LONDON (Reuters) - The COVAX vaccine sharing platform designed to ensure equitable access to COVID-19 shots said on Thursday it aimed to deliver 1.8 billion doses to poorer countries in 2021 and hoped to fulfil supply deals for wealthier ones in the second half of the year.
But COVAX, which is co-led by the GAVI vaccine alliance, the World Health Organization (WHO) and others, said there were many uncertainties affecting the procurement and supply of COVID-19 vaccines, and terms of the deals were “subject to change”.
The 1.8 billion doses would be supplied via an advance market commitment (AMC) to 92 eligible countries and would correspond to approximately 27% coverage of populations in those countries, GAVI said in an updated forecast for COVAX.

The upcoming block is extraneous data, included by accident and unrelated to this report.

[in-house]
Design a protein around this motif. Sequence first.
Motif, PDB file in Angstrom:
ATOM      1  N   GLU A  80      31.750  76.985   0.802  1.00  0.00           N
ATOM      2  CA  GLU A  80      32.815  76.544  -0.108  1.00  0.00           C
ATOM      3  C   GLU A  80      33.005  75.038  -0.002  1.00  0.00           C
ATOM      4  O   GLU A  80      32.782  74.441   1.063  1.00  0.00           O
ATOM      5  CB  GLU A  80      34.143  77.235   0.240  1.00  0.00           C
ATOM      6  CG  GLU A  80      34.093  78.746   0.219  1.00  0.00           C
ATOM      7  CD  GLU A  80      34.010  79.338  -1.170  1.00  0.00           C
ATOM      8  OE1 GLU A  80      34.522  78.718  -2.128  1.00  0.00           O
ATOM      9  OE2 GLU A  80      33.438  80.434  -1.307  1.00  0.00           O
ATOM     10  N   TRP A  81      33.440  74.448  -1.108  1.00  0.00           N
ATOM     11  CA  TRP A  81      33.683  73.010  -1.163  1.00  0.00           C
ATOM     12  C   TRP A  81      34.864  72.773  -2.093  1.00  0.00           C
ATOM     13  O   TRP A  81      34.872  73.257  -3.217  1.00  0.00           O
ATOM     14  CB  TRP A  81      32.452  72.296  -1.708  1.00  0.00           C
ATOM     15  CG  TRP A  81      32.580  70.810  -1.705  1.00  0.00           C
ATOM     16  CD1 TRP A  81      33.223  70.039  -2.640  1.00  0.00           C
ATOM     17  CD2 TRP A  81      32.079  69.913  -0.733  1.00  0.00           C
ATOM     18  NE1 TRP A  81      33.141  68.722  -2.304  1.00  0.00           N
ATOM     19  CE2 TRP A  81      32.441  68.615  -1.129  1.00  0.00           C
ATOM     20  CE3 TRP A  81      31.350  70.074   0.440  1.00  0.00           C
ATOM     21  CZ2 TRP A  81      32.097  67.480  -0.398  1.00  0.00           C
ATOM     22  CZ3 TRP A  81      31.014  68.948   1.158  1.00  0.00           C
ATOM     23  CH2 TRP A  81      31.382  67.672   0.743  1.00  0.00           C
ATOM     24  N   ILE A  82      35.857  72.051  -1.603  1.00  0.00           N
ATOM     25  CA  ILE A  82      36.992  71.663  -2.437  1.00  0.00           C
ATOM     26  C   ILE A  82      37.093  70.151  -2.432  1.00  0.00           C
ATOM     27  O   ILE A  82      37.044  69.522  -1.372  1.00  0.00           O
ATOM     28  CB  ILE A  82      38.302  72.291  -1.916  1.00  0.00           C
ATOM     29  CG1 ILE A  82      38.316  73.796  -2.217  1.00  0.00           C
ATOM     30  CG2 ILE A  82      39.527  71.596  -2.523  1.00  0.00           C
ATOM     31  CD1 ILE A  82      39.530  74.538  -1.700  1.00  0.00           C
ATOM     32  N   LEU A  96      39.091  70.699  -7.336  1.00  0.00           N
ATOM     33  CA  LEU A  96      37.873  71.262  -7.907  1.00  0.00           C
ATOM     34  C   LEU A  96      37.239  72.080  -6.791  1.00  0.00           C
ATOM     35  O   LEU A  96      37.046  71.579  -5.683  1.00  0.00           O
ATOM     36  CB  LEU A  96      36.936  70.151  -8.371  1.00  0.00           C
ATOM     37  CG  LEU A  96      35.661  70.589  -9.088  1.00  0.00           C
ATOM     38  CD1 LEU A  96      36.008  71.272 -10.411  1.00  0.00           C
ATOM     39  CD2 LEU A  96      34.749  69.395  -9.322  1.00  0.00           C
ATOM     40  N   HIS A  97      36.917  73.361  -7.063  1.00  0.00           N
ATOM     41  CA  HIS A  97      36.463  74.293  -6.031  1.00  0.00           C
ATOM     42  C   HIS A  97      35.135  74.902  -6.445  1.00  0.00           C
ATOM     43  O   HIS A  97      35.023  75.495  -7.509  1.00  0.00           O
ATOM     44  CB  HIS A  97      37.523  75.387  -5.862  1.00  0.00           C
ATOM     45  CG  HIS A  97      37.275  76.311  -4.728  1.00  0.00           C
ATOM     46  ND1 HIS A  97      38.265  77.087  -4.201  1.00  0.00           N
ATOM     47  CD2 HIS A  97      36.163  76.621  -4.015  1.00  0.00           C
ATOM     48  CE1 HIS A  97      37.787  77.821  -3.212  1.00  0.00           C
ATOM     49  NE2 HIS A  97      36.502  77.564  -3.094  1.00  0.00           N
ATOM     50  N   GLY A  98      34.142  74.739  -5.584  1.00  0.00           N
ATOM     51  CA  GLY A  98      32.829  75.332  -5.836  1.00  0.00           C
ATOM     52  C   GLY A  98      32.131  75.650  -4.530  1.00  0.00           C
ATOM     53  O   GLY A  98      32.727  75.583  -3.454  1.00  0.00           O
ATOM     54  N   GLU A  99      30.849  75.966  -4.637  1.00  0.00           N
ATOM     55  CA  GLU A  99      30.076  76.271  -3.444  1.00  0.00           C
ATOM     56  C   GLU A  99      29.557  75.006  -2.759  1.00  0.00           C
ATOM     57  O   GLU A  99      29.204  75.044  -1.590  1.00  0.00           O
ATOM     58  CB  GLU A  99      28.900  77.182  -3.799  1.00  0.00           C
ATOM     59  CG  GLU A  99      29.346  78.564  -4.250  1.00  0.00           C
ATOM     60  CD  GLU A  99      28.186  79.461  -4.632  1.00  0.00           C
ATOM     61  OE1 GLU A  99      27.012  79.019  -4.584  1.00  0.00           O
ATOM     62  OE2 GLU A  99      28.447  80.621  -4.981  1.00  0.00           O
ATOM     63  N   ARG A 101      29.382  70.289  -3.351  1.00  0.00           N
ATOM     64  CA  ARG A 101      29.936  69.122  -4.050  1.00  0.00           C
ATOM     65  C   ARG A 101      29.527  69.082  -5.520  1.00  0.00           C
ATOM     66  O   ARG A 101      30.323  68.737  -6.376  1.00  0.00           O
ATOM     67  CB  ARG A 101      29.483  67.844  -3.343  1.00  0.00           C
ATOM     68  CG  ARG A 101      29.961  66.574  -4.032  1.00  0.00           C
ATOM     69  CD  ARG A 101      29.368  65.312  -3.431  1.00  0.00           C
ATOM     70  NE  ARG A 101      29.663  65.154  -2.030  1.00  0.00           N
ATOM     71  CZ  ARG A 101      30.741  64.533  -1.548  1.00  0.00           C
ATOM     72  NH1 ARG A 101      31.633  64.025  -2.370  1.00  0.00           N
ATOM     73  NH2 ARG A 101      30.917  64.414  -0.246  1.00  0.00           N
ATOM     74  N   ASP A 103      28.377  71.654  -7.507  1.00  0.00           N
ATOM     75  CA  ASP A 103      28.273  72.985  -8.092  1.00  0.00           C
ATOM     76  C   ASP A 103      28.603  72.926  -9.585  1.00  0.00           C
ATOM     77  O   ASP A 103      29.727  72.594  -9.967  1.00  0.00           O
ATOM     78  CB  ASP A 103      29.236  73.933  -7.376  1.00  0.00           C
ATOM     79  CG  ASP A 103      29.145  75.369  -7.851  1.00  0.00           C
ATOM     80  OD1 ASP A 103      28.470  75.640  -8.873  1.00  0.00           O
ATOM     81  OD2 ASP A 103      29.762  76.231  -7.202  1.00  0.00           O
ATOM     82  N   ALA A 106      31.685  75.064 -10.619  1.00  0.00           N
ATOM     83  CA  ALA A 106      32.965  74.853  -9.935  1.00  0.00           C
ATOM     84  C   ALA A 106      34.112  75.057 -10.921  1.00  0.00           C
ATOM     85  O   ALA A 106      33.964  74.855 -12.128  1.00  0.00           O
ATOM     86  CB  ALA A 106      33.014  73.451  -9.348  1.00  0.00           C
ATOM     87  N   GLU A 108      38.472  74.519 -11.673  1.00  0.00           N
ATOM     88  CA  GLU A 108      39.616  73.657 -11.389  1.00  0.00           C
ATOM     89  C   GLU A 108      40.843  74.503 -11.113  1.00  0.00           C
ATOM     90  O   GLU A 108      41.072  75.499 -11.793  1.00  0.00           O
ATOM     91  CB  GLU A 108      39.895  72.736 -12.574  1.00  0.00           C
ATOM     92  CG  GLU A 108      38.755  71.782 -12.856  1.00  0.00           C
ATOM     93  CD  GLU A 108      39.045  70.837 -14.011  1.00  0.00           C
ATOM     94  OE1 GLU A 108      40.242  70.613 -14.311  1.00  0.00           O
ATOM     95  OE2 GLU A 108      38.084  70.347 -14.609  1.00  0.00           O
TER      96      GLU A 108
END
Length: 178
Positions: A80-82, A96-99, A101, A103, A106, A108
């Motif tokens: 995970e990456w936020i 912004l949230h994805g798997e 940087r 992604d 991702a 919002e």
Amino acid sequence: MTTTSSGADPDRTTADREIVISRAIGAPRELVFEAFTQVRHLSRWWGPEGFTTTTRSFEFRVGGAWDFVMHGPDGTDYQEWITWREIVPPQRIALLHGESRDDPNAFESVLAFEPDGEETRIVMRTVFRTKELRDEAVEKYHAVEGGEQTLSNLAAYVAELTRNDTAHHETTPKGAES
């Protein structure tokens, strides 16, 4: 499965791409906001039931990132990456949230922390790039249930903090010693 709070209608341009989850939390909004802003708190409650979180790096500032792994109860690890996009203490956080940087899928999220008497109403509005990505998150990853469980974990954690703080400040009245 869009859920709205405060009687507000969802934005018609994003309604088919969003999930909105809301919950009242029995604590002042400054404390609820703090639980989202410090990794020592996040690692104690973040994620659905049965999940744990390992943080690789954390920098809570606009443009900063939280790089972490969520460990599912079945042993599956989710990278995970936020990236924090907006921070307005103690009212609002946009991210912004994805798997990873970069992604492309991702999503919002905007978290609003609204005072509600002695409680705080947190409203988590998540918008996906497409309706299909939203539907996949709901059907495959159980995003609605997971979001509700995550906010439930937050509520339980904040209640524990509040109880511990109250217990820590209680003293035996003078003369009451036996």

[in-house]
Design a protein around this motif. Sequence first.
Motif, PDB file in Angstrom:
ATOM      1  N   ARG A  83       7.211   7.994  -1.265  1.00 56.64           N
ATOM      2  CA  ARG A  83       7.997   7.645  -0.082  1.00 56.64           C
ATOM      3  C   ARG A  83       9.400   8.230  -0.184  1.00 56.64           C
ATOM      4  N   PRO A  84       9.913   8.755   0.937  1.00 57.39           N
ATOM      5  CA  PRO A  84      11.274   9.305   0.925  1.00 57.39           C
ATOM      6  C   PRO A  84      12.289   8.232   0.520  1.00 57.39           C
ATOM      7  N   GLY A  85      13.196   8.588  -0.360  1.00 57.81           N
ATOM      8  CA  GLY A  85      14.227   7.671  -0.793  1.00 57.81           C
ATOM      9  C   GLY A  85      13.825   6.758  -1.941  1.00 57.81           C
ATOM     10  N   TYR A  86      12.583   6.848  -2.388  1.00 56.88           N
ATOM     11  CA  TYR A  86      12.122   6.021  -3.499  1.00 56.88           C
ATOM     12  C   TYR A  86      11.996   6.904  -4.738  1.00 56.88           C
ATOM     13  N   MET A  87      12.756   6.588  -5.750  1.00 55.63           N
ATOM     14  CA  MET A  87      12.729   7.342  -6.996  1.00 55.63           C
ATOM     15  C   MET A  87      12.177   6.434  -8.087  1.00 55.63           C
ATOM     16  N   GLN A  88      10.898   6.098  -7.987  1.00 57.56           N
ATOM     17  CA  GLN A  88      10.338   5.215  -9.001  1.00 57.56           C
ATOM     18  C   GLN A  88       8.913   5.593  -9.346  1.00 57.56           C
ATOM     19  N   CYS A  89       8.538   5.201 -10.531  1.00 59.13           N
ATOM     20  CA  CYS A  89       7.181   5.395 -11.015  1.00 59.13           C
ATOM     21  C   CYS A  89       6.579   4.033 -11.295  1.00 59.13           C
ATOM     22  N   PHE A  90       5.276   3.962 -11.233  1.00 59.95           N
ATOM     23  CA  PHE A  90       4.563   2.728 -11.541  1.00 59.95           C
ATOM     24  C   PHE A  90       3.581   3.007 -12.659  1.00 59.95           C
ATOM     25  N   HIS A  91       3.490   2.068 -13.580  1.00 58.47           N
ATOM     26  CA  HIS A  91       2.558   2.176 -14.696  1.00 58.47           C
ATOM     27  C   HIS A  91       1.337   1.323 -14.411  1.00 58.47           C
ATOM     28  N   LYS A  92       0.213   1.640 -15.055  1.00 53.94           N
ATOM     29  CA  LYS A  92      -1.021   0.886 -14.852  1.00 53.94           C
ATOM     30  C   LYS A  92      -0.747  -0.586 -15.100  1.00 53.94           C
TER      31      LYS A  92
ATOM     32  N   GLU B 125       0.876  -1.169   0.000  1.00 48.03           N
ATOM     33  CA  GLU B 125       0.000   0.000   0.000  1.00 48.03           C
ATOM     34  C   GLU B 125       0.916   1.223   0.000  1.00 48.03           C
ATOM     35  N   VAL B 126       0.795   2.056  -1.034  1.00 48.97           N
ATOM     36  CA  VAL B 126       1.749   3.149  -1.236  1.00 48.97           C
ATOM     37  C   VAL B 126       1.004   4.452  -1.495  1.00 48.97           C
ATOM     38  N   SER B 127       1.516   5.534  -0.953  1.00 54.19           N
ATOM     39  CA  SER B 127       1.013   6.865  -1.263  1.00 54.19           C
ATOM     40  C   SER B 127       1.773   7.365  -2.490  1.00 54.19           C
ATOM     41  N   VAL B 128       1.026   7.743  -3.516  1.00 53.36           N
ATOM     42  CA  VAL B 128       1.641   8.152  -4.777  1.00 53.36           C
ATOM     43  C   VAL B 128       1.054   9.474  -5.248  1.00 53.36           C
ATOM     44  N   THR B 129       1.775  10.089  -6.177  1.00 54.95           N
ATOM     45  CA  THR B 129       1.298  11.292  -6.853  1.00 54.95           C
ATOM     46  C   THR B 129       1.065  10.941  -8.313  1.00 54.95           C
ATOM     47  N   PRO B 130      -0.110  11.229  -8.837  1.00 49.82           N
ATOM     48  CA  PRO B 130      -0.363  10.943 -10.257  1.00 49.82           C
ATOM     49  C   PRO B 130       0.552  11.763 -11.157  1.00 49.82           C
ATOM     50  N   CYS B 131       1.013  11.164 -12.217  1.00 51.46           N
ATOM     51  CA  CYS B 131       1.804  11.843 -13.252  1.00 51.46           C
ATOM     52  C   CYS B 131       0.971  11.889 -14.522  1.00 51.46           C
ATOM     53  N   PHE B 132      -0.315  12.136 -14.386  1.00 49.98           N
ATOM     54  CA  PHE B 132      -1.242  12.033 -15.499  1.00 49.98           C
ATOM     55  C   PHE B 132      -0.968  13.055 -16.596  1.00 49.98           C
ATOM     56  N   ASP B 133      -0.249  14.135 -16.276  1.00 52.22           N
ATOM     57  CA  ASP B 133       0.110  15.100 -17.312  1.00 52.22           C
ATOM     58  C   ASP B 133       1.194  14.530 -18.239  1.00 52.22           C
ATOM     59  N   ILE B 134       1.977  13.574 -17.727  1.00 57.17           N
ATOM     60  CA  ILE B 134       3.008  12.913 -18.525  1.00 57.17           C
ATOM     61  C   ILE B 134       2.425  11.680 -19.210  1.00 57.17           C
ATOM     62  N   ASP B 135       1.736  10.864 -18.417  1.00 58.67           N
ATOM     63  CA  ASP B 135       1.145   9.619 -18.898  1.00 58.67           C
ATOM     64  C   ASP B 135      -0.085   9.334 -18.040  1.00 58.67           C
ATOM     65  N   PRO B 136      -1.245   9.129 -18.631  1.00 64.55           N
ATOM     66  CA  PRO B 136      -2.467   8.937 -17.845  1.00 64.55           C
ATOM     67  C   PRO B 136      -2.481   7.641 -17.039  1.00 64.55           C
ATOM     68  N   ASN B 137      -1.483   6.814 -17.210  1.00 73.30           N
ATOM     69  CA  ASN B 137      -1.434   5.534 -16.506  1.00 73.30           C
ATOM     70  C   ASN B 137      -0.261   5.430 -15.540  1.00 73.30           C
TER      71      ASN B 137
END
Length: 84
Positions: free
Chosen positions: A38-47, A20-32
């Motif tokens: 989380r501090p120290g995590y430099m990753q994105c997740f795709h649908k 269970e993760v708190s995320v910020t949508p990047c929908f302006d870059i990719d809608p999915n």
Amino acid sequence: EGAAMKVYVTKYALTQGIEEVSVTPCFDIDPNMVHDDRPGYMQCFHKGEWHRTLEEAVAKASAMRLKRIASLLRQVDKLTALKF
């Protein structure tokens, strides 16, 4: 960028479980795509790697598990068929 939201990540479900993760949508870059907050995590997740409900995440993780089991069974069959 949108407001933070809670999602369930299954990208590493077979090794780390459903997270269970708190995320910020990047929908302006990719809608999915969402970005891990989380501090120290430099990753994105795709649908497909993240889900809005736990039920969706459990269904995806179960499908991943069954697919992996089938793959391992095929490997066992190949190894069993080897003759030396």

“Our forecasting indicates that we should fulfil the requests for vaccine placed by self-financing participants in the second half of 2021,” it said.
Some supply deals were still in negotiation, it said, and some of the candidate vaccines have yet to be approved for use by medicines regulators or the WHO. In many cases, manufacturing of the vaccines had yet to reach full scale, it said.
“There are many uncertainties affecting the supply of COVID-19 vaccines in 2021, not least around manufacturing capacity, regulation, funding availability, final contract terms and the readiness of countries themselves to begin their national COVID-19 vaccination programmes,” the COVAX forecast statement said.
“Manufacturing productivity will be influenced by multiple factors, which will in turn influence volume and timing of supply.”
Reporting by Kate Kelland; Editing by Alison Williams, Robert Birsel
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